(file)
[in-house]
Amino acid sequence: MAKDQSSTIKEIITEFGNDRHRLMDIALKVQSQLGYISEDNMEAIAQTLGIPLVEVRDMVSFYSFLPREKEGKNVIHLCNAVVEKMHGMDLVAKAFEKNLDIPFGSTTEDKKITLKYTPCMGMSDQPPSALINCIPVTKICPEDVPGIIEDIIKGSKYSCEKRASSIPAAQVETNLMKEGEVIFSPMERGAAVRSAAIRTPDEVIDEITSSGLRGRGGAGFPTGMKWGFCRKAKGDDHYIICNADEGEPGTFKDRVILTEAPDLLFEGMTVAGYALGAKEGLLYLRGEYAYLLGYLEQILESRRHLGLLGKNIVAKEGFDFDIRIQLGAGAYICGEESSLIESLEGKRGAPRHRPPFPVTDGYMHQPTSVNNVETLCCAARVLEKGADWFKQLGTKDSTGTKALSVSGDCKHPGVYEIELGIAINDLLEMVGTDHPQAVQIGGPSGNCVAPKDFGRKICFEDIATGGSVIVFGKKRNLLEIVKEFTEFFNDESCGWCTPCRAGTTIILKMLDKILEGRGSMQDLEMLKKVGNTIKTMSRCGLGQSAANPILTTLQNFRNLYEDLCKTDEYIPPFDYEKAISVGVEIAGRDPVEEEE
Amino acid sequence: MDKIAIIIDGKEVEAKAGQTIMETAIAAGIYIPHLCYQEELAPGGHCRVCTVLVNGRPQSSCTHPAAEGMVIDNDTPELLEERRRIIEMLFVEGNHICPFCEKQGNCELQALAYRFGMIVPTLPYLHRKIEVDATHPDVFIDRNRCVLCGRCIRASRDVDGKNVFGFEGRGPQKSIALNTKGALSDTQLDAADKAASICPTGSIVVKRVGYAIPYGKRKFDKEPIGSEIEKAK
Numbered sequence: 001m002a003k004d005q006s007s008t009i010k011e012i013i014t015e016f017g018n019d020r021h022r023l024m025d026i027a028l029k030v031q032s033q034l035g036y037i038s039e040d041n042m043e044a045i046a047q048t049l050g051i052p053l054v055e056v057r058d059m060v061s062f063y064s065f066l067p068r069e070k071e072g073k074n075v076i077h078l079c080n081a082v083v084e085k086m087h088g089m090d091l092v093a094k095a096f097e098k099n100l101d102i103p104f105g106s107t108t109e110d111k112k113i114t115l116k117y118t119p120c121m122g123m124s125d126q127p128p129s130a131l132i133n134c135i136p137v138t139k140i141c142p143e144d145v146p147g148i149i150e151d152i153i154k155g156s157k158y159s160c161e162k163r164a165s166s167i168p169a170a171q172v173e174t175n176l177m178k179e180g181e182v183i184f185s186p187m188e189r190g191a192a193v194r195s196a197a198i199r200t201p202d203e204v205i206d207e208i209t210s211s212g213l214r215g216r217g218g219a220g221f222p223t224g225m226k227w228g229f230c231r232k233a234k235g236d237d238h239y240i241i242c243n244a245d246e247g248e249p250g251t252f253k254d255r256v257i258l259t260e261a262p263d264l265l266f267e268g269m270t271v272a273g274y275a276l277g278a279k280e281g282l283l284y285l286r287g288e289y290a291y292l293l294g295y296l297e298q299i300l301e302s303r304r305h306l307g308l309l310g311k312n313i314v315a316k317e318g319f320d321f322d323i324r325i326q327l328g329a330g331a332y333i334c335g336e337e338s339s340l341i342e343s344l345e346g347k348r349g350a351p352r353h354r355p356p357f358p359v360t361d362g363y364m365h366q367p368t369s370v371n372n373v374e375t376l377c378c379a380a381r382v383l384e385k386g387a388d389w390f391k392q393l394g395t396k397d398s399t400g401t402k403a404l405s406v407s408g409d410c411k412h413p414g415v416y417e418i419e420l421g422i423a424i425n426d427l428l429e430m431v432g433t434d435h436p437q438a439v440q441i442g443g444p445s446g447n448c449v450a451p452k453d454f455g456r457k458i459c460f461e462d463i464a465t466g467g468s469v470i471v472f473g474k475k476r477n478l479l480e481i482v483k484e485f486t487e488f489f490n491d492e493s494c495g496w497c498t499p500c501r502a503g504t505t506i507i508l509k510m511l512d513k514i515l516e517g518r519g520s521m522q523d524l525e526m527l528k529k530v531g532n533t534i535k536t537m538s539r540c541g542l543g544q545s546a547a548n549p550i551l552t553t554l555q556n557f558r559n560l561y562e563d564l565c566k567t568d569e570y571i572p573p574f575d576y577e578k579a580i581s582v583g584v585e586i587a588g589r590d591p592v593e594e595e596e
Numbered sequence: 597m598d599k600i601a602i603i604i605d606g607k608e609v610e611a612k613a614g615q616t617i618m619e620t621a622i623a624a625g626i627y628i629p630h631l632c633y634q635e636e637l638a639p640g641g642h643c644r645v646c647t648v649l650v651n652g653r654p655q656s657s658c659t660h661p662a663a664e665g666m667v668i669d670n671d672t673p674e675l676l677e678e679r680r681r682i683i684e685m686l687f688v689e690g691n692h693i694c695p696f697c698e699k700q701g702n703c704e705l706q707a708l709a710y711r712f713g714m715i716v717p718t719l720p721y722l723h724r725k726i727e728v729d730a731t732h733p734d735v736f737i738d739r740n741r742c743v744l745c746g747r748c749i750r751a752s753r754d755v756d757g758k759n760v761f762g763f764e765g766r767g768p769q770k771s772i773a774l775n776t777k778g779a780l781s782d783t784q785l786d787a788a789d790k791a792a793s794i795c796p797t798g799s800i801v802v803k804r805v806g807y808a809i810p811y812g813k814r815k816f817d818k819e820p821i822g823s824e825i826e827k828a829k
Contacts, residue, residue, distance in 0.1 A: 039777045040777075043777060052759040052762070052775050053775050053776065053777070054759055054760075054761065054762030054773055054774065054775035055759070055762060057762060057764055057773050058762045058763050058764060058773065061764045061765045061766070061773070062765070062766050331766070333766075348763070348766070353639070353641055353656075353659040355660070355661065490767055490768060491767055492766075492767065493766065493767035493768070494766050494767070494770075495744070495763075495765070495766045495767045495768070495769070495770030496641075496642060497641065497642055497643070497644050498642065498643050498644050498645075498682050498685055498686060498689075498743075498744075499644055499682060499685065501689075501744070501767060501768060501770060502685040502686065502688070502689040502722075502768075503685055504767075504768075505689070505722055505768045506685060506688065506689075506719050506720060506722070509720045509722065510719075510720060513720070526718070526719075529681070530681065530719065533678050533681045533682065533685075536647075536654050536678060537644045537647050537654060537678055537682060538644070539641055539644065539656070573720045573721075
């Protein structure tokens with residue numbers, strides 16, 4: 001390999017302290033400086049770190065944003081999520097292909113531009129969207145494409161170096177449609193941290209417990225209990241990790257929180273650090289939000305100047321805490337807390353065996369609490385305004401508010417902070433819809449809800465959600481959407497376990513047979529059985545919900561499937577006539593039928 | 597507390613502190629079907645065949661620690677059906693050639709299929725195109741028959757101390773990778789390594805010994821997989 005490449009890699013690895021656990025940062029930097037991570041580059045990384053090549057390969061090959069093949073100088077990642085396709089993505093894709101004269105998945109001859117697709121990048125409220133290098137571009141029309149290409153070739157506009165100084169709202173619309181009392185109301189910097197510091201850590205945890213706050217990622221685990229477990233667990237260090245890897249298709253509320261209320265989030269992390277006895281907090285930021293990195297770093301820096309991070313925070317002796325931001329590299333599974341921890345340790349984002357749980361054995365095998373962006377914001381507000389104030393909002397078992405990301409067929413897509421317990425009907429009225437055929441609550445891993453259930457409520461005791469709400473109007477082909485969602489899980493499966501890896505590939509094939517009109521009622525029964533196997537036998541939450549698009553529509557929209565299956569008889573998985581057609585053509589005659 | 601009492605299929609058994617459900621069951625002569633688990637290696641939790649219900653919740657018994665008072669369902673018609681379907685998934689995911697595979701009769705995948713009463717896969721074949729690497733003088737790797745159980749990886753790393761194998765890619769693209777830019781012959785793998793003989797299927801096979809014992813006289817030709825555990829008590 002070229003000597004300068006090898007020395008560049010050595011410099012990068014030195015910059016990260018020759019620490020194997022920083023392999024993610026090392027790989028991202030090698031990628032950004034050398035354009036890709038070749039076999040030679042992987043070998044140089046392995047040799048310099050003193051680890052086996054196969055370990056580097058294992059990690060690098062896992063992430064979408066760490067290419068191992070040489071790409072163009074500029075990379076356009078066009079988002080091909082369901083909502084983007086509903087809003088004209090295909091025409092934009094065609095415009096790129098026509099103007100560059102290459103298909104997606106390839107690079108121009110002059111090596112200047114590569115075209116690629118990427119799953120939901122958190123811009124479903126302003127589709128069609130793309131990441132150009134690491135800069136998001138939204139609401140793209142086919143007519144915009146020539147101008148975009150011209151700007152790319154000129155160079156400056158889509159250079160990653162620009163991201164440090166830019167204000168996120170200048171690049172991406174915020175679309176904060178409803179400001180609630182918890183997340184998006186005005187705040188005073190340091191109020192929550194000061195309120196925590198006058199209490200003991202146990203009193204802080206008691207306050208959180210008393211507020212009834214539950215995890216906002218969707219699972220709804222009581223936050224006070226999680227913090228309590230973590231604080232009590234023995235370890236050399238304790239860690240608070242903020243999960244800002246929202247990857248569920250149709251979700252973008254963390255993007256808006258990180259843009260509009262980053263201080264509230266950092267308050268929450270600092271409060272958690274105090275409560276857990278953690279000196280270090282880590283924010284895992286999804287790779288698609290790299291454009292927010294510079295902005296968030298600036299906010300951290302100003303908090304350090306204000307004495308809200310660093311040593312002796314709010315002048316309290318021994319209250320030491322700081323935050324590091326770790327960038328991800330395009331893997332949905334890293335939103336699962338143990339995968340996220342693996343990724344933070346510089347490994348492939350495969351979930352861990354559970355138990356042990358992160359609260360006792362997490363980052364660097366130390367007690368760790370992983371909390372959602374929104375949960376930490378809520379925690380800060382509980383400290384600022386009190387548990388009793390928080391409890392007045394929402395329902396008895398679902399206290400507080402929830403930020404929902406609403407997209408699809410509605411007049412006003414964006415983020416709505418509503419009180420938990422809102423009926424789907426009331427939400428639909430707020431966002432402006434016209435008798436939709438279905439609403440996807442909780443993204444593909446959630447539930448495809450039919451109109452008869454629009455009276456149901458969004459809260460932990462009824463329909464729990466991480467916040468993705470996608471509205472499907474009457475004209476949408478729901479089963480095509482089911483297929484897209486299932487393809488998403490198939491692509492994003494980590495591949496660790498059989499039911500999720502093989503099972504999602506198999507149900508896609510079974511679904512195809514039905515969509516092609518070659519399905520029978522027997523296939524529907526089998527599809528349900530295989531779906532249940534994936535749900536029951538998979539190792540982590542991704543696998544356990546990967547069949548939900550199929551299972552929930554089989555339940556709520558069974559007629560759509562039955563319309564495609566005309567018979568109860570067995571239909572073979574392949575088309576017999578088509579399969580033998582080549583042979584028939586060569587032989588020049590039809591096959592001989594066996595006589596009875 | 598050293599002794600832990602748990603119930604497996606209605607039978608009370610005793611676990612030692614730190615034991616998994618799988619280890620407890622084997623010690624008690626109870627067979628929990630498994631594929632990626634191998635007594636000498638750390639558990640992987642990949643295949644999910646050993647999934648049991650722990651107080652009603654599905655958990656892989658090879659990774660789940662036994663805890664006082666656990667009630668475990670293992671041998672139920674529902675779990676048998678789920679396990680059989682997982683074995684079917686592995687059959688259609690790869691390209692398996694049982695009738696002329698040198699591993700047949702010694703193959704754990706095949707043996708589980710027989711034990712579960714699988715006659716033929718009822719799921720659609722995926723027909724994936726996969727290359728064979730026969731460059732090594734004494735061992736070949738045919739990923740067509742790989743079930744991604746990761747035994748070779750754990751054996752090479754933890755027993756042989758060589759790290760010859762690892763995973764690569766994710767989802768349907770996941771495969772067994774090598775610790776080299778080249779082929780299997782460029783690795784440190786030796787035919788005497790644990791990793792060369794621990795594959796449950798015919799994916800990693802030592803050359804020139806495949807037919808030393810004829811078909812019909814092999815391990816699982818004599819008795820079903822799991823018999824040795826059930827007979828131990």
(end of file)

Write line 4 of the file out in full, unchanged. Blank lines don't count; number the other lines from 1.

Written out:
Numbered sequence: 001m002a003k004d005q006s007s008t009i010k011e012i013i014t015e016f017g018n019d020r021h022r023l024m025d026i027a028l029k030v031q032s033q034l035g036y037i038s039e040d041n042m043e044a045i046a047q048t049l050g051i052p053l054v055e056v057r058d059m060v061s062f063y064s065f066l067p068r069e070k071e072g073k074n075v076i077h078l079c080n081a082v083v084e085k086m087h088g089m090d091l092v093a094k095a096f097e098k099n100l101d102i103p104f105g106s107t108t109e110d111k112k113i114t115l116k117y118t119p120c121m122g123m124s125d126q127p128p129s130a131l132i133n134c135i136p137v138t139k140i141c142p143e144d145v146p147g148i149i150e151d152i153i154k155g156s157k158y159s160c161e162k163r164a165s166s167i168p169a170a171q172v173e174t175n176l177m178k179e180g181e182v183i184f185s186p187m188e189r190g191a192a193v194r195s196a197a198i199r200t201p202d203e204v205i206d207e208i209t210s211s212g213l214r215g216r217g218g219a220g221f222p223t224g225m226k227w228g229f230c231r232k233a234k235g236d237d238h239y240i241i242c243n244a245d246e247g248e249p250g251t252f253k254d255r256v257i258l259t260e261a262p263d264l265l266f267e268g269m270t271v272a273g274y275a276l277g278a279k280e281g282l283l284y285l286r287g288e289y290a291y292l293l294g295y296l297e298q299i300l301e302s303r304r305h306l307g308l309l310g311k312n313i314v315a316k317e318g319f320d321f322d323i324r325i326q327l328g329a330g331a332y333i334c335g336e337e338s339s340l341i342e343s344l345e346g347k348r349g350a351p352r353h354r355p356p357f358p359v360t361d362g363y364m365h366q367p368t369s370v371n372n373v374e375t376l377c378c379a380a381r382v383l384e385k386g387a388d389w390f391k392q393l394g395t396k397d398s399t400g401t402k403a404l405s406v407s408g409d410c411k412h413p414g415v416y417e418i419e420l421g422i423a424i425n426d427l428l429e430m431v432g433t434d435h436p437q438a439v440q441i442g443g444p445s446g447n448c449v450a451p452k453d454f455g456r457k458i459c460f461e462d463i464a465t466g467g468s469v470i471v472f473g474k475k476r477n478l479l480e481i482v483k484e485f486t487e488f489f490n491d492e493s494c495g496w497c498t499p500c501r502a503g504t505t506i507i508l509k510m511l512d513k514i515l516e517g518r519g520s521m522q523d524l525e526m527l528k529k530v531g532n533t534i535k536t537m538s539r540c541g542l543g544q545s546a547a548n549p550i551l552t553t554l555q556n557f558r559n560l561y562e563d564l565c566k567t568d569e570y571i572p573p574f575d576y577e578k579a580i581s582v583g584v585e586i587a588g589r590d591p592v593e594e595e596e